Trauma in Adults

Trauma can wreak havoc on the life of the victim and the people who love them.  Sometimes, trauma is very clear and identifiable - a car accident, a sexual assault, exposure to violence and/or war,  - something that is life threatening.  However, it can also go unnoticed.  Various life experiences are difficult to varying degrees and often times, we minimize the effects of events on our lives, thinking, "I should've been able to handle that,"  "No one else seemed bothered by that,"  "I'm just too sensitive." - These are usually things that threaten our sense of self or our view of the world.  So we ignore or stuff our thoughts and feelings, however, they never really go away.  We wonder why we can't shake that event/incident and just let it go! It keeps coming up and you know it's impacting your thoughts way more often than you want.  You just wish you could let it go. 

Many people are unsure whether they are experiencing trauma symptoms or not.  Here are a list of symptoms to watch out for: 

  • Bad memories of the event, reliving the incident, or flashbacks - Sometimes there is a trigger: a sound, sight, or a touch that reignites similar reactions from the traumatic event. Often, people are unaware of particular triggers and often say, "I don't know why that bothered me so much, it really was not a big deal."

  • Avoiding situations or people that remind you of the event - You may even avoid talking or thinking about the event.  Some people may keep very busy or avoid seeking help. This keeps them from having to think or talk about the event.

  • Feeling bad about yourself or others - You may find it hard to express your feelings. This is another way to avoid memories. You may not have positive or loving feelings toward other people and may stay away from relationships. You may blame yourself for what happened. You may feel guilt, fear, or shame.

  • Feeling keyed up - You may be alert and on the lookout for danger. This is known as increased emotional arousal. It can cause you to:

    • Suddenly become angry or irritable.
    • Have a hard time sleeping.
    • Have trouble concentrating.
    • Have reckless behavior or to think about hurting yourself.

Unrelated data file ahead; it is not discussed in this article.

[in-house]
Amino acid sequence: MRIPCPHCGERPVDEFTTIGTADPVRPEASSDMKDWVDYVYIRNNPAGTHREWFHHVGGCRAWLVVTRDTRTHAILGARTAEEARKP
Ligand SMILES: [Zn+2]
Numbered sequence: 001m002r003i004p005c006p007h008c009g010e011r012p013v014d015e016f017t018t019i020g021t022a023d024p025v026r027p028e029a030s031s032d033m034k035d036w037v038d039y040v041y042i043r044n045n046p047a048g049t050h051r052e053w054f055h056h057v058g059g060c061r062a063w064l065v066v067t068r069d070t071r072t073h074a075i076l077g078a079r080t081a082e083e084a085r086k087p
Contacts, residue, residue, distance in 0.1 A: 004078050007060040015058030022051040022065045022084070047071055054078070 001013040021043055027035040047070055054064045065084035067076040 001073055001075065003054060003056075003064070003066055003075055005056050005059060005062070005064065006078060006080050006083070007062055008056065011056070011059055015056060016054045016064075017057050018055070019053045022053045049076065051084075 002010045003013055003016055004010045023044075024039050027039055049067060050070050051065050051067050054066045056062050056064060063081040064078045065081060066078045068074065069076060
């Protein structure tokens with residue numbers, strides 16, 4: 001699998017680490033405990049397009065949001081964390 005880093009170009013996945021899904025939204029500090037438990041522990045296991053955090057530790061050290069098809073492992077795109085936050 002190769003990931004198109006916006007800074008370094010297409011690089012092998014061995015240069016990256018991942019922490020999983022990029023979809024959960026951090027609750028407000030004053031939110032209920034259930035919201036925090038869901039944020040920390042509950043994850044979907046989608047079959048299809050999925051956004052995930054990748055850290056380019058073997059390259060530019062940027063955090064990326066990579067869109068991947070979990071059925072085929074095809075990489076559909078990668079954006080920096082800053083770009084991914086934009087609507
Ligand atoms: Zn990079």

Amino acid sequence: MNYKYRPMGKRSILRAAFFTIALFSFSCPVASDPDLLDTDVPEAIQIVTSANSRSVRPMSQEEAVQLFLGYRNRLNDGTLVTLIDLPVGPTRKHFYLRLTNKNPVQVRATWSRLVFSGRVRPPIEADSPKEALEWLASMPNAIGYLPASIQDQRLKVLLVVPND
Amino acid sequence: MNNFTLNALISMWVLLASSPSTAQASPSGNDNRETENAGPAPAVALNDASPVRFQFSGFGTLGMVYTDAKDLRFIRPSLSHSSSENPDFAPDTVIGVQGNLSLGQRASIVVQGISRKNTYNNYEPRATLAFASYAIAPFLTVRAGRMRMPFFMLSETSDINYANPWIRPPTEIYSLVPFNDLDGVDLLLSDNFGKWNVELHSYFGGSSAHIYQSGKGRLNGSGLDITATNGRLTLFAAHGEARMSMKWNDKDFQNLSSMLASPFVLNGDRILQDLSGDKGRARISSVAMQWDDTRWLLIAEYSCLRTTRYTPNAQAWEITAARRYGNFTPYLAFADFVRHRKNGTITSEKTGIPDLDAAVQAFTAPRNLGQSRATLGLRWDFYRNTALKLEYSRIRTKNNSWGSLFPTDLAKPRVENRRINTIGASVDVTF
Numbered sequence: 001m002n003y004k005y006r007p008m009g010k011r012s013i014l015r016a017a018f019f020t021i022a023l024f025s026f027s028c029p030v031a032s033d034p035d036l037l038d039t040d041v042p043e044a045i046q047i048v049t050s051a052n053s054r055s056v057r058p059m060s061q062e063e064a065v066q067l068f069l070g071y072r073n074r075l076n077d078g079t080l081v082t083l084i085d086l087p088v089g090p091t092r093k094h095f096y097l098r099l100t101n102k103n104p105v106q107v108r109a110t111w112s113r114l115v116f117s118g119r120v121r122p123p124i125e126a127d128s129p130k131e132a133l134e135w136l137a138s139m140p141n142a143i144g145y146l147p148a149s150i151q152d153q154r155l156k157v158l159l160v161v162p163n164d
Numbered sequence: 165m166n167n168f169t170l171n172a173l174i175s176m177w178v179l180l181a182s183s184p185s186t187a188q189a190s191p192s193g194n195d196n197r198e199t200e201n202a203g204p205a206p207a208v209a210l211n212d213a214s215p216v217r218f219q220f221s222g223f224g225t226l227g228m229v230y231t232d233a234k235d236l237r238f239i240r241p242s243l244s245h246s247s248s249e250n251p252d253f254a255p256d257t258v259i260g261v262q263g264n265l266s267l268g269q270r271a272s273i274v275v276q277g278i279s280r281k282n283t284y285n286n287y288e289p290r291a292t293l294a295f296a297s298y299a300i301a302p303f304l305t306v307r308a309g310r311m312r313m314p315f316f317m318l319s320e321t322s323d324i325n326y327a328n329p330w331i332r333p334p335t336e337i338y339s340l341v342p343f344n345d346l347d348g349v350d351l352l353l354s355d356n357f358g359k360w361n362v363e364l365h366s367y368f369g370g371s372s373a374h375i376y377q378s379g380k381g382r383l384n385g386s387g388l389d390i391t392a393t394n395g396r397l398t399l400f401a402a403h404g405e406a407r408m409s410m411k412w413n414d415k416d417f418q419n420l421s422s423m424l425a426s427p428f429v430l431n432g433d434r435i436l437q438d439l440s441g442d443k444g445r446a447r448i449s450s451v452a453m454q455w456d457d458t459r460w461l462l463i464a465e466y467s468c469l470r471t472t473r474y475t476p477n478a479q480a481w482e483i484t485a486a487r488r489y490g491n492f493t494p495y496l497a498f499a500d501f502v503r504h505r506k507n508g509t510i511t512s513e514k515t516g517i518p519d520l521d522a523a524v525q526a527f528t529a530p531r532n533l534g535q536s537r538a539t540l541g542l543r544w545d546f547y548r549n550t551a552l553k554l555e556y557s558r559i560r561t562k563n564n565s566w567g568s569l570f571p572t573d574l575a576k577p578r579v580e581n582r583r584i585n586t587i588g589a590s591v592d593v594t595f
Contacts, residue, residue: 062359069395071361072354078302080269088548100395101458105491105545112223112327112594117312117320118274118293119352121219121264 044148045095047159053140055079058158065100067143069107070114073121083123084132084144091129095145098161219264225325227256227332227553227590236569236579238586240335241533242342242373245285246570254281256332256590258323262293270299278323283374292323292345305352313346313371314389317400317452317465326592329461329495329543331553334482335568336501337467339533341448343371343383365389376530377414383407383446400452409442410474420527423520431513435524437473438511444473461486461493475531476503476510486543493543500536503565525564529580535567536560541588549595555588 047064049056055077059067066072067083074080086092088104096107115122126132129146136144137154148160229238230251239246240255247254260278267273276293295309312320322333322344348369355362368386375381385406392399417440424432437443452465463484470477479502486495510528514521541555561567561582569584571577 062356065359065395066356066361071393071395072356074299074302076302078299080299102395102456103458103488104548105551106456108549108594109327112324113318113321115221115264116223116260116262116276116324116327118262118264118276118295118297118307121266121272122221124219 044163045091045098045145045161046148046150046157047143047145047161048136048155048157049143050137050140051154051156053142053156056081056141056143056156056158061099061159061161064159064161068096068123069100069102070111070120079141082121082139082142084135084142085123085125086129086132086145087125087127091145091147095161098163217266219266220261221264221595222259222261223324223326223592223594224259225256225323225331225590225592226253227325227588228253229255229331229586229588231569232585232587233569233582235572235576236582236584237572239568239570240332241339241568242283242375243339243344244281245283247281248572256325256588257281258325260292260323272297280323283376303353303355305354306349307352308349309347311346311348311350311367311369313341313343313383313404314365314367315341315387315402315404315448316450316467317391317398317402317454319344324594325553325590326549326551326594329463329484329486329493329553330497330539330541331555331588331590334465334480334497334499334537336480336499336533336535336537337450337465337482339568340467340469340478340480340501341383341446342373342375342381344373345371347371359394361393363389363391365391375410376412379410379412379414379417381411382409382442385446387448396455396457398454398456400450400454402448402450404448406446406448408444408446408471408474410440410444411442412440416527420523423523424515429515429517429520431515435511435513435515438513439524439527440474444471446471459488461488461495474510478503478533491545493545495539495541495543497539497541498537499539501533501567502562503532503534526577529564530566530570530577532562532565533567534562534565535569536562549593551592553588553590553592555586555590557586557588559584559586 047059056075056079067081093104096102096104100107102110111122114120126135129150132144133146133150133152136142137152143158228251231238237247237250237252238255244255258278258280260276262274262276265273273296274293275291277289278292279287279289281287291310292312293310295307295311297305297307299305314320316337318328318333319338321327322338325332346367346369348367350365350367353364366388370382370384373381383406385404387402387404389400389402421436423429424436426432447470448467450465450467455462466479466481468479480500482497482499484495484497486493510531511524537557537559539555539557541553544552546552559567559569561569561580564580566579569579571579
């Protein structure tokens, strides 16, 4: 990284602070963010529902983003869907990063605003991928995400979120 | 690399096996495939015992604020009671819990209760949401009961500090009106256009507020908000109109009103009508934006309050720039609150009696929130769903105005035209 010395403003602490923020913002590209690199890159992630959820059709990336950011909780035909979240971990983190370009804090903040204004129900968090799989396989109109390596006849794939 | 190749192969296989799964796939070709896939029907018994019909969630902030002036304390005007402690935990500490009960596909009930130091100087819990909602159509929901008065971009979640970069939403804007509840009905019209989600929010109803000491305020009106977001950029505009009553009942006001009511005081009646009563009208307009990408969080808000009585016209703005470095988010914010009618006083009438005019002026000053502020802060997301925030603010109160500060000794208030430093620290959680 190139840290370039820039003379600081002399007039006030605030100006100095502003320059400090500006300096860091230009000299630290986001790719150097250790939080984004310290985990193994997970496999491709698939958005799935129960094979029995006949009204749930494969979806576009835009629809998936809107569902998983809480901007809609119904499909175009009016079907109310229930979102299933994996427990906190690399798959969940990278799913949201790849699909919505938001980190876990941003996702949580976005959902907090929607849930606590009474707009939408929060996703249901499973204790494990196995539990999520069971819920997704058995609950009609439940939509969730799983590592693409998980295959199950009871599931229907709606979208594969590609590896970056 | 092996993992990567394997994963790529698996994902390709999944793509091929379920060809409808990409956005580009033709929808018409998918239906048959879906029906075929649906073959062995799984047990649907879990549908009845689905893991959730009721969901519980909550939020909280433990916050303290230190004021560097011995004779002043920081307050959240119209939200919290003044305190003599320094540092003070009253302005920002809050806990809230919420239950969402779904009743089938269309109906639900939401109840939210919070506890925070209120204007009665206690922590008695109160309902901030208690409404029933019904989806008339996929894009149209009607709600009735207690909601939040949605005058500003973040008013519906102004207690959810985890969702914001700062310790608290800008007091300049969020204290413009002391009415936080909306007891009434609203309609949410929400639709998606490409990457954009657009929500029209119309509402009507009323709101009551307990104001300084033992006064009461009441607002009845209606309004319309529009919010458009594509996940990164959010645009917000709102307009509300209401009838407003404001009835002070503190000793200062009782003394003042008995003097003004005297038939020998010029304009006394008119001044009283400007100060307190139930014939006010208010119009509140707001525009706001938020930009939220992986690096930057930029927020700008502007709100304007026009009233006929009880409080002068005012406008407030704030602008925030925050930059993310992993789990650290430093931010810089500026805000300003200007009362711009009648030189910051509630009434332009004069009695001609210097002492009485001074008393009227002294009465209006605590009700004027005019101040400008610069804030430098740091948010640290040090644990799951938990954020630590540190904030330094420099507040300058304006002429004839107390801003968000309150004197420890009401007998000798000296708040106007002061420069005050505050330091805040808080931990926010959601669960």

• Fear for your safety and always feel on guard.
    • Be very startled when someone surprises you.

Other symptoms also may include:

  • Physical symptoms for no reason you can think of (called somatic complaints).
  • Difficulty controlling your emotions.
  • Problems with family or friends.
  • Impulsive or self-destructive behavior.
  • Changed beliefs or changed personality traits.

Trauma in children and teens

Children & adolescents may have the symptoms listed above and/or symptoms that depend on how old they are. As children get older, their symptoms are more like those of adults.

  • Young children may become upset if their parents are not close by. Or children may have trouble sleeping or suddenly have trouble with toileting.
  • Children who are in the first few years of elementary school may act out the trauma through play, drawings, or stories. They may complain of physical problems or become more irritable or aggressive. They also may have fears and anxiety that don't seem to be caused by the traumatic event.

If you think you or your child might be dealing with trauma, please consider getting help and give me a call for a free 15-minute phone consultation to tell me about your particular situation and see if we're a good fit for therapy.  It takes courage to seek help, but once you do, you offer yourself  and your family freedom from the bondage of these terrible thoughts, feelings and behaviors that you work so hard to ignore.